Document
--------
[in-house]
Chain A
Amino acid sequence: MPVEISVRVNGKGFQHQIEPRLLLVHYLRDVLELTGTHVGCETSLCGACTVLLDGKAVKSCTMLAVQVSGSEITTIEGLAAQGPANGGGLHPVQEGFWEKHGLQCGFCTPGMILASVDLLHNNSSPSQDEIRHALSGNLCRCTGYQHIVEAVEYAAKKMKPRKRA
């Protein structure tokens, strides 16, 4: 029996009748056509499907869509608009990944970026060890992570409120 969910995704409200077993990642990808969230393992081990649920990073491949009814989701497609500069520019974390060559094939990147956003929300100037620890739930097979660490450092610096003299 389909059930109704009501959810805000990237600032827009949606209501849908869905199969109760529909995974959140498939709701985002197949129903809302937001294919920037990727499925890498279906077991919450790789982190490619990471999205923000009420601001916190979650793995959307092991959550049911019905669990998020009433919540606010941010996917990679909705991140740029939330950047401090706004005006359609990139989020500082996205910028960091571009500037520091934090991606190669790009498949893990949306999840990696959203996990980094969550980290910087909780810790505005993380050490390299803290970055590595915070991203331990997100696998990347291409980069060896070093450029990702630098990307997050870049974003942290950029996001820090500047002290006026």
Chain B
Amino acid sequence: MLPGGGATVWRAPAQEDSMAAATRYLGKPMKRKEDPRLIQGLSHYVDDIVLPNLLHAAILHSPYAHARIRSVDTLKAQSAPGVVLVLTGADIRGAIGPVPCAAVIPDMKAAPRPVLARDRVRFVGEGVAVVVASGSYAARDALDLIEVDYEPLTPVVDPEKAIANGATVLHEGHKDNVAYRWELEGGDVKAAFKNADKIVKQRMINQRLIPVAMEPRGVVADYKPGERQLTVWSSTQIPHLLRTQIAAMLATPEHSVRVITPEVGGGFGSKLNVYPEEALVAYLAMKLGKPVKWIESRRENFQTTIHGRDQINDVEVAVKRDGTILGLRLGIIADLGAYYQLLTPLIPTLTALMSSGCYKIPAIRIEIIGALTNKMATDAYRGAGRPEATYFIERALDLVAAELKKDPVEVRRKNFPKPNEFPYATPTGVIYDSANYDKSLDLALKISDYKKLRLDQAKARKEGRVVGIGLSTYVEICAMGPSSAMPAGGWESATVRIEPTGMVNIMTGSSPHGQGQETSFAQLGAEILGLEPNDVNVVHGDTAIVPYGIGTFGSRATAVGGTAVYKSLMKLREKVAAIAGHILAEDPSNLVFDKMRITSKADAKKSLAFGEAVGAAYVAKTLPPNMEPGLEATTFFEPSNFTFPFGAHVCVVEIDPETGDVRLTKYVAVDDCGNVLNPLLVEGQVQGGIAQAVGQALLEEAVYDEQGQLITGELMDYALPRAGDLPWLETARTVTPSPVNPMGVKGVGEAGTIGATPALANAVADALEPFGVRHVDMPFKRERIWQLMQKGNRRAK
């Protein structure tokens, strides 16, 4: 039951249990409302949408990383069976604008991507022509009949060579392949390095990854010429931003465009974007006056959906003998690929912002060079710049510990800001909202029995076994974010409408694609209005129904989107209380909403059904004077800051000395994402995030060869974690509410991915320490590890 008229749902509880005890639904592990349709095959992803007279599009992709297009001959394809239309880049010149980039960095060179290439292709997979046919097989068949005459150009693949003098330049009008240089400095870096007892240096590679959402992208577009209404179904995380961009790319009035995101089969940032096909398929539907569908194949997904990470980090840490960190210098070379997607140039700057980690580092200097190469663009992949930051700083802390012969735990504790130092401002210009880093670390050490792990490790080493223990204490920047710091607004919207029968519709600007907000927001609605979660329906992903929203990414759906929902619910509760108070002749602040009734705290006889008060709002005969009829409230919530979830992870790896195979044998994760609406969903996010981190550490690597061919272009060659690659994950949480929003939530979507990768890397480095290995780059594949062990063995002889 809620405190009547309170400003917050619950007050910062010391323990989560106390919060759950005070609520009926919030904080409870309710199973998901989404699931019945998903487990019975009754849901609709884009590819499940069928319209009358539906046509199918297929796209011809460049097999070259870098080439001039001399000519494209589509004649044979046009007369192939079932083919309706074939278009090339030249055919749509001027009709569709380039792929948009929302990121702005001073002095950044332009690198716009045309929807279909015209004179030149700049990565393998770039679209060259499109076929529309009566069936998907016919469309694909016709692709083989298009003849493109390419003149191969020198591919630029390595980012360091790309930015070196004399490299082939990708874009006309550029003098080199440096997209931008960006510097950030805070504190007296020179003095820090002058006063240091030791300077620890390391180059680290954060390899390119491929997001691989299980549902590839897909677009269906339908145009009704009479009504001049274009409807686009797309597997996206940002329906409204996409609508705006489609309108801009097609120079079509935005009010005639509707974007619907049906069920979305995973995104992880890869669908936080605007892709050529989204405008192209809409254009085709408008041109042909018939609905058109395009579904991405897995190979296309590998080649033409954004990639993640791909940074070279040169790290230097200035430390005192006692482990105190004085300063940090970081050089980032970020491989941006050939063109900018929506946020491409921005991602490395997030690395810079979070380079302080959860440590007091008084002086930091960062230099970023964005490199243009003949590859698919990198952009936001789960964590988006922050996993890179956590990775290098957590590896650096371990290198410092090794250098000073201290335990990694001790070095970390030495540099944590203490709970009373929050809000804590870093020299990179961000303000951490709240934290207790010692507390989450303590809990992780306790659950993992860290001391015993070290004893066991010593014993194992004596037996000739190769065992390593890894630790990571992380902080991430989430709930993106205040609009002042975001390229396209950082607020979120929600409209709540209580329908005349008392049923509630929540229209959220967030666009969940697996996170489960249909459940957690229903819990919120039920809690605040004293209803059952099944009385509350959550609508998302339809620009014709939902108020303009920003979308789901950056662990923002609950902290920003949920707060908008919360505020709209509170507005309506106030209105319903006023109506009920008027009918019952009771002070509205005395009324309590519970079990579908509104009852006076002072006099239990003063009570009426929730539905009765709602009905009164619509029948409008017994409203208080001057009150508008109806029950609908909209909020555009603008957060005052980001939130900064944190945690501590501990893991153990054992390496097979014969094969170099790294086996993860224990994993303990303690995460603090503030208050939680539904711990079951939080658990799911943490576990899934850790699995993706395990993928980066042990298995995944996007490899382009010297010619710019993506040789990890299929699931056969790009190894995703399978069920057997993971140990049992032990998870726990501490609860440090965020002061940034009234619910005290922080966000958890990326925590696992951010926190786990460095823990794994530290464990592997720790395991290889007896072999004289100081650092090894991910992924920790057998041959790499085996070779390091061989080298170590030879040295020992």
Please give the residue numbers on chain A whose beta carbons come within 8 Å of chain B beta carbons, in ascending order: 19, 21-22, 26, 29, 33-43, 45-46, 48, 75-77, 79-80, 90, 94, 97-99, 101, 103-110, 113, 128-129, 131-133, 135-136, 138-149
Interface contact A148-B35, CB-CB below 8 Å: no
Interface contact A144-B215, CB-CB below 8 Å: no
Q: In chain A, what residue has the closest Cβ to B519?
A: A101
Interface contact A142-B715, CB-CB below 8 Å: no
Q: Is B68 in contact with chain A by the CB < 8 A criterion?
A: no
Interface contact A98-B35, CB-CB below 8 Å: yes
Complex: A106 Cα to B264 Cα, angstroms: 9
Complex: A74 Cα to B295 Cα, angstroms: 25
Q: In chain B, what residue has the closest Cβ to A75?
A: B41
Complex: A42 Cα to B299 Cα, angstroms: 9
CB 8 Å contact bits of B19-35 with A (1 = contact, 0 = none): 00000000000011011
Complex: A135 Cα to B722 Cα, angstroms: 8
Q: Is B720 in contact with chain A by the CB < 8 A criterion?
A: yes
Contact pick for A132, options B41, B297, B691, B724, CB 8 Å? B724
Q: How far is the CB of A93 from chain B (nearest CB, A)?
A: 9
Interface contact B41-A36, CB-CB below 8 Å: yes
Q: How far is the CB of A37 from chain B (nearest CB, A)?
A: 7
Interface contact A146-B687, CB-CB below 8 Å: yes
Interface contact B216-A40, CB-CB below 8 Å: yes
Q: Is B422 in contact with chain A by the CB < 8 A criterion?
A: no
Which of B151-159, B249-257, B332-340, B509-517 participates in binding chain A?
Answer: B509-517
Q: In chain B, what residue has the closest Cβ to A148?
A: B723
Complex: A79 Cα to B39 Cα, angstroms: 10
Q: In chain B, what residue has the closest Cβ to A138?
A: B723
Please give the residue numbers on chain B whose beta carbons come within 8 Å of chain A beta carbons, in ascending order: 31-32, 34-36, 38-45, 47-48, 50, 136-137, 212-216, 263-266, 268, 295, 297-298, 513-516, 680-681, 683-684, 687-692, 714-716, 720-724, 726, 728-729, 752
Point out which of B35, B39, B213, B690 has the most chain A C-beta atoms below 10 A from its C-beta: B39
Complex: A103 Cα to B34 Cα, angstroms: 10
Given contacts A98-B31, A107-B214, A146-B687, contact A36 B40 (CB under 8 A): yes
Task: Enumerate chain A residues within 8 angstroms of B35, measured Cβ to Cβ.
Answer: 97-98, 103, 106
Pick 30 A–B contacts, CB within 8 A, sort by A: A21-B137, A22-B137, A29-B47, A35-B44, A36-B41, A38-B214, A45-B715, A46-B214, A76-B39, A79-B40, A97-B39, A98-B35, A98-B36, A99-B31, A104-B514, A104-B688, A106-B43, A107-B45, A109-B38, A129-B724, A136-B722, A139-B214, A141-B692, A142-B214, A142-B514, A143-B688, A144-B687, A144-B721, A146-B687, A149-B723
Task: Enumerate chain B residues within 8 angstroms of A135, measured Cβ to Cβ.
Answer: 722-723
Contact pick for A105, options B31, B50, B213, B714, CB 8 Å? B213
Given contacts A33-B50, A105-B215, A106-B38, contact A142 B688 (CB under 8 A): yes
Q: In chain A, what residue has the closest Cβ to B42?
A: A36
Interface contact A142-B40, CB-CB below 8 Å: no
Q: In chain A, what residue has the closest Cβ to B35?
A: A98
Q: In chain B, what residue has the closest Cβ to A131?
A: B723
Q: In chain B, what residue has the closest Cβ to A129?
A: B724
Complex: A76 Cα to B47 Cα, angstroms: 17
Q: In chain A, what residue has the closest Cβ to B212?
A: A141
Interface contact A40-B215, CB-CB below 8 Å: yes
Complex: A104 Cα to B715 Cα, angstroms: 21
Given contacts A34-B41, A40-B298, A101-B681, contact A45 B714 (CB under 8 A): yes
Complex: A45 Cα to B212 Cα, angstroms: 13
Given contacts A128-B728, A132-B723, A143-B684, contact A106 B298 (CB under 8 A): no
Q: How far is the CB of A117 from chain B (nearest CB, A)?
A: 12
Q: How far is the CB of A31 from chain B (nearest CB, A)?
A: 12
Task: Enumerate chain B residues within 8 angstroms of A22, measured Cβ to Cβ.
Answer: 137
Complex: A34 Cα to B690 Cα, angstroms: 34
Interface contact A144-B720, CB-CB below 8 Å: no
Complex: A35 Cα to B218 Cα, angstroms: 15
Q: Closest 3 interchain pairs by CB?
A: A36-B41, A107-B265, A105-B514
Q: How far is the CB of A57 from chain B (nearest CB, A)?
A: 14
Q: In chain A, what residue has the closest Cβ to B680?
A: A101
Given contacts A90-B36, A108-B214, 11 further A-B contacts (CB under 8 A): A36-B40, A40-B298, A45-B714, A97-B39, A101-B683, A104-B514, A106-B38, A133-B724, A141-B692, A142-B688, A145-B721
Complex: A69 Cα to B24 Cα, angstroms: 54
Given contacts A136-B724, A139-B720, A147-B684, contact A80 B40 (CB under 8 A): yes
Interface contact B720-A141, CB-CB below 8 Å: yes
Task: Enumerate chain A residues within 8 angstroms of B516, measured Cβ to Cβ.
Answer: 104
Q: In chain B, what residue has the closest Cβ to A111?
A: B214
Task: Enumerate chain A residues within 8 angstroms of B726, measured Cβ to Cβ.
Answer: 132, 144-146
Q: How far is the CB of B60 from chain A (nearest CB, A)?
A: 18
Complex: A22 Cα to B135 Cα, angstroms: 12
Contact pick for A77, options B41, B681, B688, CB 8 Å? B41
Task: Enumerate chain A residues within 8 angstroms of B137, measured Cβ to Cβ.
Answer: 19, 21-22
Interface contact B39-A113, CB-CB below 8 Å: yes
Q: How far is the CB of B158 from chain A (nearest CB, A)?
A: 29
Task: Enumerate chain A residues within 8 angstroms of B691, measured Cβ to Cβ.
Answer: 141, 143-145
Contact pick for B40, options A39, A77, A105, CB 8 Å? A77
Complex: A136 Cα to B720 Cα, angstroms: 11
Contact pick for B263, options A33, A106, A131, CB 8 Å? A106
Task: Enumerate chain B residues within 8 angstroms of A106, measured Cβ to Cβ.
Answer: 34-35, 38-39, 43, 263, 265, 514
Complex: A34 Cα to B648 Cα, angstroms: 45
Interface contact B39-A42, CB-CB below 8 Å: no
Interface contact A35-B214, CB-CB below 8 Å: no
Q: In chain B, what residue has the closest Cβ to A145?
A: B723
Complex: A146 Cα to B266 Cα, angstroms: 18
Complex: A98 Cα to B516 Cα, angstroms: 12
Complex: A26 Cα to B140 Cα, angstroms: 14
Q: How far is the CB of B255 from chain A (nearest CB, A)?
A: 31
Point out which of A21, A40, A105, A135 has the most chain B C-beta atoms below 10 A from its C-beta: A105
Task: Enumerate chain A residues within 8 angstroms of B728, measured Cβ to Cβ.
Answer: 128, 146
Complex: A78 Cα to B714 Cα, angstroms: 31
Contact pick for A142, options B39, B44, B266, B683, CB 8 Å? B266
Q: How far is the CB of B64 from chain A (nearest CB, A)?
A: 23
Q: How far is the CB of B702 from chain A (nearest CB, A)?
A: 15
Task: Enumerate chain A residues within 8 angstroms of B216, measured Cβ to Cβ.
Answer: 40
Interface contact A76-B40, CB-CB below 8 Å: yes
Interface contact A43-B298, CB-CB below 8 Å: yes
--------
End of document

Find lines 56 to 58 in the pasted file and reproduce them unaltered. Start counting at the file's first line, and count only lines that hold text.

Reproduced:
Interface contact A142-B40, CB-CB below 8 Å: no
Q: In chain A, what residue has the closest Cβ to B35?
A: A98